Bank loan

Definition of senior bank loan

What is a senior bank loan?

A senior bank loan is a debt financing bond issued to a business by a bank or similar financial institution, then repackaged and sold to investors. The repackaged debt obligation consists of several loans. Senior bank loans hold a legal right to the borrower’s assets before any other debt obligation.

Since it is considered to have priority over all other claims against the borrower, in the event of bankruptcy it will be the first loan to be repaid before any other creditor, preferred shareholder or ordinary shareholder receives repayment. Senior bank loans are generally secured by a lien on the borrower’s assets.

Key points to remember

  • A senior bank loan is a business loan repackaged into a set of business loans that are sold to investors.
  • Senior bank loans take priority over all other debt obligations of a borrower.
  • In bankruptcy, senior bank loans are paid before other creditors, preferred shareholders and common shareholders, when the borrower’s assets are sold.
  • Senior bank loans are generally secured by a lien on the borrower’s assets.
  • Senior bank loans most often have variable interest rates.
  • Historically, lenders who issue senior bank loans have been able to recover the entire loan when the borrower is in default.
  • Senior bank loans generally offer high returns to investors and protection against inflation

How a senior bank loan works

Loans are often used to provide a business with liquidity to carry on with day-to-day operations or any other capital needs it may have. Loans are generally secured by the company’s inventory, property, equipment or real estate as collateral. Banks often take the multiple loans they make, repackage them into a single debt instrument, and sell them to investors as a financial product. Investors then receive the interest payments as a return on their investment.

Since senior bank loans are at the top of a company’s capital structure, if the company files for bankruptcy, the secured assets are usually sold and the proceeds are distributed to senior loan holders before any other type of lender will be repaid.

Historically, the majority of companies with senior bank loans that ended up going bankrupt have been able to fully cover the loans, meaning the lenders / investors have been paid back. Since senior bank loans take priority in the repayment structure, they are relatively safe, although they are still considered to be low-grade assets, as most of the time the business loans in the package are granted to inferior companies.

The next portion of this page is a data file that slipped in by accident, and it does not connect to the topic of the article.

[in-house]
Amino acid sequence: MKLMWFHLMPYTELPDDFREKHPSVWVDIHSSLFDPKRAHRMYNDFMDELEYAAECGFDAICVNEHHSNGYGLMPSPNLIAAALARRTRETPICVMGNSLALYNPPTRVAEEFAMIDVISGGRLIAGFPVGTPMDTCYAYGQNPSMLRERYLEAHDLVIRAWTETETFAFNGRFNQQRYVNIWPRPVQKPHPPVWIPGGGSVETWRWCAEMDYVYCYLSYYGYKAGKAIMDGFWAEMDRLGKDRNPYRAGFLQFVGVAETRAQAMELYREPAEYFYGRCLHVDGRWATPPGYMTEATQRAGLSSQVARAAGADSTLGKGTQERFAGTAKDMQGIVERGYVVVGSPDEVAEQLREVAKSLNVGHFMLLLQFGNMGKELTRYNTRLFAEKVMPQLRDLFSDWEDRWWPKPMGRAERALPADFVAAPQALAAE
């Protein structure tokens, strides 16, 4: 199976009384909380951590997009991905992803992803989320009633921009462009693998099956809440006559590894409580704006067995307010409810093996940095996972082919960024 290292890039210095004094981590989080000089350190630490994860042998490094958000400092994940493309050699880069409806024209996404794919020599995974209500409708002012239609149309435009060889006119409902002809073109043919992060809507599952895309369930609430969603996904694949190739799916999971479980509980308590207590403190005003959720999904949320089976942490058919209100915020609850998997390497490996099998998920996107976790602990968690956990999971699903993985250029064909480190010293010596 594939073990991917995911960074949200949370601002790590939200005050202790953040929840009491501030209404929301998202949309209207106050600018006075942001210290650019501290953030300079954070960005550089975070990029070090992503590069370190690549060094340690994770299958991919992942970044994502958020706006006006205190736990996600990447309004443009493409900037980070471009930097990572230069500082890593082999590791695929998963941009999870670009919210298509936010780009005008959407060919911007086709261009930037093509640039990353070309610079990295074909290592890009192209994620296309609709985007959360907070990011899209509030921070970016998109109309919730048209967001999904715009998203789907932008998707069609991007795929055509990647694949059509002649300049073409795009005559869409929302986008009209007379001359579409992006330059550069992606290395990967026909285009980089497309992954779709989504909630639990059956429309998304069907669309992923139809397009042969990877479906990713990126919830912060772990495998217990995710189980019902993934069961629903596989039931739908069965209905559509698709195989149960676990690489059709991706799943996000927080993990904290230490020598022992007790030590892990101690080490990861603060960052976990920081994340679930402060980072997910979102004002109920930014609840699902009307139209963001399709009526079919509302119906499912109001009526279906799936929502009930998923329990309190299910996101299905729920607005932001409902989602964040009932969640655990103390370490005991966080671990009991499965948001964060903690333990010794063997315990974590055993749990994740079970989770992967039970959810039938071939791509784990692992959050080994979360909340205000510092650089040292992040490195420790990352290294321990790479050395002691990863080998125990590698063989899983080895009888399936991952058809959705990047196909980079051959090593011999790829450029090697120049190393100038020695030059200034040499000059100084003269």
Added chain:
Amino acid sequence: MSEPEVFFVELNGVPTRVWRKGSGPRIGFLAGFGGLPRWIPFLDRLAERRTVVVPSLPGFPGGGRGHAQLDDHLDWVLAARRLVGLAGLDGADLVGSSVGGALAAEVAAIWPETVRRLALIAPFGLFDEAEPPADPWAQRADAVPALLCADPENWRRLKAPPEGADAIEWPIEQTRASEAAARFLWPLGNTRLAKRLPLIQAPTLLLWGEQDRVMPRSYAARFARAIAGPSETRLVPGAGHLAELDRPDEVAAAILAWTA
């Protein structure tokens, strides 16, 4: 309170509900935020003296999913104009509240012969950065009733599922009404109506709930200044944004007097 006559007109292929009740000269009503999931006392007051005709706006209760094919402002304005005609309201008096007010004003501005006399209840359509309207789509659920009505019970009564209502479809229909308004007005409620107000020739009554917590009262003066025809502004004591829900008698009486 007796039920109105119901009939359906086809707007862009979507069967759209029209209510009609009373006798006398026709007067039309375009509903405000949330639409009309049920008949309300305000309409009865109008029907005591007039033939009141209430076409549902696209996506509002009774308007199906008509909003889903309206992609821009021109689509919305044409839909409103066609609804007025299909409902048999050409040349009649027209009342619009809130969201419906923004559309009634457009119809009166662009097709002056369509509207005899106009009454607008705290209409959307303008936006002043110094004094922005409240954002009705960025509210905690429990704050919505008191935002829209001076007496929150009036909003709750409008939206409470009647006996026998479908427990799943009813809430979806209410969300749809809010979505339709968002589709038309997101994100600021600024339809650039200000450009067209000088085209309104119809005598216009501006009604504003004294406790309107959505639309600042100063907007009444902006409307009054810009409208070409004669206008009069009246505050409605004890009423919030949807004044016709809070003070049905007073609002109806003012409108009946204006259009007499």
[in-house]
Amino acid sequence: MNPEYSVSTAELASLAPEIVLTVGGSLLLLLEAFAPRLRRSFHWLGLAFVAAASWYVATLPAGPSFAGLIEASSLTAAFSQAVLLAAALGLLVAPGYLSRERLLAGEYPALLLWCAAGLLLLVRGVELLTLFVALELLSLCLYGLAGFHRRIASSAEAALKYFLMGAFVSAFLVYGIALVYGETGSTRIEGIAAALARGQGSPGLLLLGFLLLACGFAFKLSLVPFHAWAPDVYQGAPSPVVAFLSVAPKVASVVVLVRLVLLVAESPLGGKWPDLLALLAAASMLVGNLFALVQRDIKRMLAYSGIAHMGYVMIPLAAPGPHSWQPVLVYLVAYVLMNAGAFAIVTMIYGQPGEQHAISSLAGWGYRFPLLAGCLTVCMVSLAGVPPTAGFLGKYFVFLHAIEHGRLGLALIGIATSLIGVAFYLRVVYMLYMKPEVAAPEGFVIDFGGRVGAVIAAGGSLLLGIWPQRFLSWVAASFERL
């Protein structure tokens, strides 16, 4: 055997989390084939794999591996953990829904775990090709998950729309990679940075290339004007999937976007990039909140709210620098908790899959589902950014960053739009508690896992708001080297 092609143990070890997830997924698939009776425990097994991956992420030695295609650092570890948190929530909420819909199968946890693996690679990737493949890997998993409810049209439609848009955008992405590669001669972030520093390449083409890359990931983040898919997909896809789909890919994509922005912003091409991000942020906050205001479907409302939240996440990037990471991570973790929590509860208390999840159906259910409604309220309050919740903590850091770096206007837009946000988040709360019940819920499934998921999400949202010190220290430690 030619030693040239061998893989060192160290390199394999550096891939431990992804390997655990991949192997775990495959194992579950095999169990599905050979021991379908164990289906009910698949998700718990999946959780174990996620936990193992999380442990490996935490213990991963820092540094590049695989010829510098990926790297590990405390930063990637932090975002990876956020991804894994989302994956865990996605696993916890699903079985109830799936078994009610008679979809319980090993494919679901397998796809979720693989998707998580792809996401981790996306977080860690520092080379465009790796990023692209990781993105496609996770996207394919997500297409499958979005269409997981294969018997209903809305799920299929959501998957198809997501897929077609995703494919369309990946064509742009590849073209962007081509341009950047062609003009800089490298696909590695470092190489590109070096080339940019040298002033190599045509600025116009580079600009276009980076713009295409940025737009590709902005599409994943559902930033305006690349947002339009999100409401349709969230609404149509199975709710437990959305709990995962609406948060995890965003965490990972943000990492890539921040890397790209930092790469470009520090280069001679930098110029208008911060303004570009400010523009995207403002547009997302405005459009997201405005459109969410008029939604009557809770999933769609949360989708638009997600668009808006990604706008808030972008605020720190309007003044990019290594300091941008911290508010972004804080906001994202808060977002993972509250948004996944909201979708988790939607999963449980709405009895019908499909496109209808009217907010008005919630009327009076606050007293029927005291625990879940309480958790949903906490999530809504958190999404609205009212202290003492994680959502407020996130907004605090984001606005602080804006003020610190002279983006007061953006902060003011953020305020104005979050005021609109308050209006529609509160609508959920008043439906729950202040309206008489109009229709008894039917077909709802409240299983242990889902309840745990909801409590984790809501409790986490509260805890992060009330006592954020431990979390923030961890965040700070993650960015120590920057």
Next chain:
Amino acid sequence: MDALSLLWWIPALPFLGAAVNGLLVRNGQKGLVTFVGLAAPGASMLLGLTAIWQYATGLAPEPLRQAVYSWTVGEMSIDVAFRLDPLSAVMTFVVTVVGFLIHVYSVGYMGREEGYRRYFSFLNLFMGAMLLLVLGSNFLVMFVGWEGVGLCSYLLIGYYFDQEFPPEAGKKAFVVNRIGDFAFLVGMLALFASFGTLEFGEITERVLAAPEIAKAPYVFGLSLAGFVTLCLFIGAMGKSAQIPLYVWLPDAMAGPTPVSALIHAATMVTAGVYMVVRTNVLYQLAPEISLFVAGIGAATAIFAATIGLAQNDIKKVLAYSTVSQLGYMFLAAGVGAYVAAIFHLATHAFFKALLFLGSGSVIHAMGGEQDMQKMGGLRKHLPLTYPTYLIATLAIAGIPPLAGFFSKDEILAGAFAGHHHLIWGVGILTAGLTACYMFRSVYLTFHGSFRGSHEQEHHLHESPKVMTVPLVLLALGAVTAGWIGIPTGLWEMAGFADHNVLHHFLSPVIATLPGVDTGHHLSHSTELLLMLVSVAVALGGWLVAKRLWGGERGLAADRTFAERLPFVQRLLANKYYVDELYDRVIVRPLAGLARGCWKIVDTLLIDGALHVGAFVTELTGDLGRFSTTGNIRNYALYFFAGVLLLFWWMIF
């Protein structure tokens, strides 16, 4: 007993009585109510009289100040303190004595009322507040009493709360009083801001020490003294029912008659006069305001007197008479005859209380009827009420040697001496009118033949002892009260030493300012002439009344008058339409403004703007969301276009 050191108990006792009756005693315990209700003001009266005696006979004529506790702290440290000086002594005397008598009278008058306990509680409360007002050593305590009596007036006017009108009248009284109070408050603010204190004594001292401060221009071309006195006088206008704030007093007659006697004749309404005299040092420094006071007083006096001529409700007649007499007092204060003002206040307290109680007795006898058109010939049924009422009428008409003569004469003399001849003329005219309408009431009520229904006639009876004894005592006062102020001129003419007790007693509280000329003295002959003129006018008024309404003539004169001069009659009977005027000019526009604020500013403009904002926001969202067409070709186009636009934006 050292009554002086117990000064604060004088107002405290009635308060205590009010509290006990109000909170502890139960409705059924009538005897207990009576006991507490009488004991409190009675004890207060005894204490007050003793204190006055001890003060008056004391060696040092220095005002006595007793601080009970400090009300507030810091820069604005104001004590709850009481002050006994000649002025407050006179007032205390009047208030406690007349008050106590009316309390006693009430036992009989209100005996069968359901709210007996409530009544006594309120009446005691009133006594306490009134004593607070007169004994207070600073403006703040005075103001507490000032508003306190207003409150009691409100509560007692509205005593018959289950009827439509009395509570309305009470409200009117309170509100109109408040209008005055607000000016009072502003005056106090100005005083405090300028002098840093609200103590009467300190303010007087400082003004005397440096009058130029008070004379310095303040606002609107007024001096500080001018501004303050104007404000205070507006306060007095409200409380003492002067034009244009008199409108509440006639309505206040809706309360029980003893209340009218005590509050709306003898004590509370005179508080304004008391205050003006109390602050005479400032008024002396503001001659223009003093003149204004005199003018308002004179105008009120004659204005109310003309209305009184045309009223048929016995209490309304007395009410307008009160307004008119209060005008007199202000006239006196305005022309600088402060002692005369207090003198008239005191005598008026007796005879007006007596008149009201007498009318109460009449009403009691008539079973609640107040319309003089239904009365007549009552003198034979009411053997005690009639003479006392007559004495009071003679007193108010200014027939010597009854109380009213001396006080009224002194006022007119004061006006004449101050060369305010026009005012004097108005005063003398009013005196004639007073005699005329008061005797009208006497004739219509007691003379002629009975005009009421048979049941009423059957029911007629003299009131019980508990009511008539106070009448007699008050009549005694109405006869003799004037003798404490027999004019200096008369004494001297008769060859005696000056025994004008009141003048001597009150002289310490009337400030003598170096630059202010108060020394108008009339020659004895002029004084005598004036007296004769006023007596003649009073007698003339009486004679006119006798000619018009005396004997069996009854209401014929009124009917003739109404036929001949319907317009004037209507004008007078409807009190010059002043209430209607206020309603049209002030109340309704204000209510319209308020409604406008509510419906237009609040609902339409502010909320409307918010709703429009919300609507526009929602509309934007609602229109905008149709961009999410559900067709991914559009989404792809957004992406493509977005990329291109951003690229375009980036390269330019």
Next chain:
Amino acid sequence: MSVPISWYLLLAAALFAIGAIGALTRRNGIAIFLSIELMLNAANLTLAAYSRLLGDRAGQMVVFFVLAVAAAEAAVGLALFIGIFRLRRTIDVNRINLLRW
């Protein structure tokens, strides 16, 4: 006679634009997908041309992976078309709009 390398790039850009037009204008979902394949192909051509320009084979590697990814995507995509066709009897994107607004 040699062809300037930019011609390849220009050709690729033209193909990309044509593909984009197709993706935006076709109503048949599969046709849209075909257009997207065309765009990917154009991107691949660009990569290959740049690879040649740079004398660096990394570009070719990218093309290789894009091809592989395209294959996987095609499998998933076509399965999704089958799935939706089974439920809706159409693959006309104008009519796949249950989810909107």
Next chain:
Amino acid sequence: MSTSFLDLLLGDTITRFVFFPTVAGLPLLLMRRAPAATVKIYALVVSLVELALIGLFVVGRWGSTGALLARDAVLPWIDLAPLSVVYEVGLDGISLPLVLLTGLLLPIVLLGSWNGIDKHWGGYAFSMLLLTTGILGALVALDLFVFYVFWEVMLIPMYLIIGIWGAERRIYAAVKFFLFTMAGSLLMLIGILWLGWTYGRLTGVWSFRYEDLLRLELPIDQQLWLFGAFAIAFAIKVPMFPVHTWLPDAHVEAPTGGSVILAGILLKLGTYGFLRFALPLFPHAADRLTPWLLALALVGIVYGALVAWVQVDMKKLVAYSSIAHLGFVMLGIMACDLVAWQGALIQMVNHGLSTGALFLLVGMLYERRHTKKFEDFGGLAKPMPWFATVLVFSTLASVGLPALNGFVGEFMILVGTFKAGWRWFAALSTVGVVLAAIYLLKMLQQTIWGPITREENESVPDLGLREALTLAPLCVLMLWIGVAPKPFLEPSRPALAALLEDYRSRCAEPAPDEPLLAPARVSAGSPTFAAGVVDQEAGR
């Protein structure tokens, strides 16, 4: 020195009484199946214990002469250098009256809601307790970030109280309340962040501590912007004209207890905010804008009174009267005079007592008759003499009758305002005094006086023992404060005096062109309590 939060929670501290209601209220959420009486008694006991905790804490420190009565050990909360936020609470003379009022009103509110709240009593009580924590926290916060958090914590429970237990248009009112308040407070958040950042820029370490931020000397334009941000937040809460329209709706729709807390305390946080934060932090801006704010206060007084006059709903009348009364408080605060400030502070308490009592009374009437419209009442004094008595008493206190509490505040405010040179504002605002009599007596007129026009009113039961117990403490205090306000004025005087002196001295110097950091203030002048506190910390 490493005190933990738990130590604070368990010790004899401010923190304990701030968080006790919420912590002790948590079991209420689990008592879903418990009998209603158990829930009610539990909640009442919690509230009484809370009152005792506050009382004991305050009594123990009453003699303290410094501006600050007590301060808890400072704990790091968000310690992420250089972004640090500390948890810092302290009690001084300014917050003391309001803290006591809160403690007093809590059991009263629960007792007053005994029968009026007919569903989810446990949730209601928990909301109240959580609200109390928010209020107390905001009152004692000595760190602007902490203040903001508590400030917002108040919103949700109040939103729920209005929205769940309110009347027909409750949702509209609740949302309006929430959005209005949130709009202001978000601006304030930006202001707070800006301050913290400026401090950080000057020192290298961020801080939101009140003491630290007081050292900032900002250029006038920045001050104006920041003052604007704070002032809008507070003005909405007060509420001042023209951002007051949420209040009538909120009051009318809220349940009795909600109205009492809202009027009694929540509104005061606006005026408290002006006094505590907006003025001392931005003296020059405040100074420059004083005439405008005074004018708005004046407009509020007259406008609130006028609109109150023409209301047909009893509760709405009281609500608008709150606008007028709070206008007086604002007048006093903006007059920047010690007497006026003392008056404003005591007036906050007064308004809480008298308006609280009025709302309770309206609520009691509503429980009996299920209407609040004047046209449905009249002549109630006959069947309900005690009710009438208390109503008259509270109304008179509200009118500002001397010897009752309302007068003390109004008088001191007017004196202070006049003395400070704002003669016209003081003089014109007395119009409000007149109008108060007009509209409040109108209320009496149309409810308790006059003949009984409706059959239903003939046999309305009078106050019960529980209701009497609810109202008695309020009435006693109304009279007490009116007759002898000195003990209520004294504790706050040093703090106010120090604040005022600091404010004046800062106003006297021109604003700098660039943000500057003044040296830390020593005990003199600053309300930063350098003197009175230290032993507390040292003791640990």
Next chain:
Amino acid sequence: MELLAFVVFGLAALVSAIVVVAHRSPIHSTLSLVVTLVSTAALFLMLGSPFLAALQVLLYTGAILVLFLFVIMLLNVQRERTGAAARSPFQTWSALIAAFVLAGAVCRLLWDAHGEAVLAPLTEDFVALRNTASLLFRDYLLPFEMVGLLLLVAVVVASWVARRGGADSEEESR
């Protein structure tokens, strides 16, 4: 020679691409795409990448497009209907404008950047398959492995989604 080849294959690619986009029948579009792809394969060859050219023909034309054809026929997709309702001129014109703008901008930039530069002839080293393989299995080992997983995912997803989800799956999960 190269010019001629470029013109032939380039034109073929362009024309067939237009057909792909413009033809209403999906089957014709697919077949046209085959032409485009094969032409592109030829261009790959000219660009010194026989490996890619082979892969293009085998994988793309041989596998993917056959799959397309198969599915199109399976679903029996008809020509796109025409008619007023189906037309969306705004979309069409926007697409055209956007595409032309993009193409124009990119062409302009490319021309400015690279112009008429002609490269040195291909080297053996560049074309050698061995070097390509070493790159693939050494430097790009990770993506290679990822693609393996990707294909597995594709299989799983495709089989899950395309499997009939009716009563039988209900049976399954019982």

Senior bank loans typically have floating interest rates that fluctuate based on the London Interbank Offered Rate (LIBOR) or other common benchmarks. For example, if a bank’s rate is LIBOR + 5% and LIBOR is 3%, the loan interest rate will be 8%. Since loan rates often change monthly or quarterly, interest on a senior bank loan can go up or down at regular intervals. This rate is also the return that investors will make on their investment. The variable rate aspect of a senior bank loan offers investors protection against rising interest rates in the short term, as well as protection against inflation.

In the repayment structure, after senior bank loans, which are generally ranked first and second lien, come unsecured debt followed by equity.

Special considerations

Companies that take out senior bank loans often have lower credit ratings than their peers, so the credit risk to the lender is usually higher than it would be with most corporate bonds. . In addition, senior bank loan valuations fluctuate often and can be volatile. This was especially true during the 2008 financial crisis.

Due to their inherent risk and volatility, senior bank loans generally offer the lender a higher return than high quality corporate bonds. However, since lenders are guaranteed to get at least some of their money back before the company’s other creditors in insolvency, loans pay less than high-yield bonds, which do not carry such a promise.

Investing in mutual funds or exchange-traded funds (ETFs) that specialize in senior bank lending may be worthwhile for some investors who seek regular income and are prepared to take on the additional risk and volatility. Here’s why:

  • Because of the variable rate of loans, when the Federal Reserve increases interest rates, the loans will offer higher returns.
  • Additionally, senior bank loan funds typically have a risk-adjusted return over a three to five year period, making them attractive to fairly conservative investors. When loan funds underperform, bonds sell at a discount to par, increasing investor returns.

Investors can also be reassured that the average default rate for senior bank loan funds has historically been relatively modest at 3%.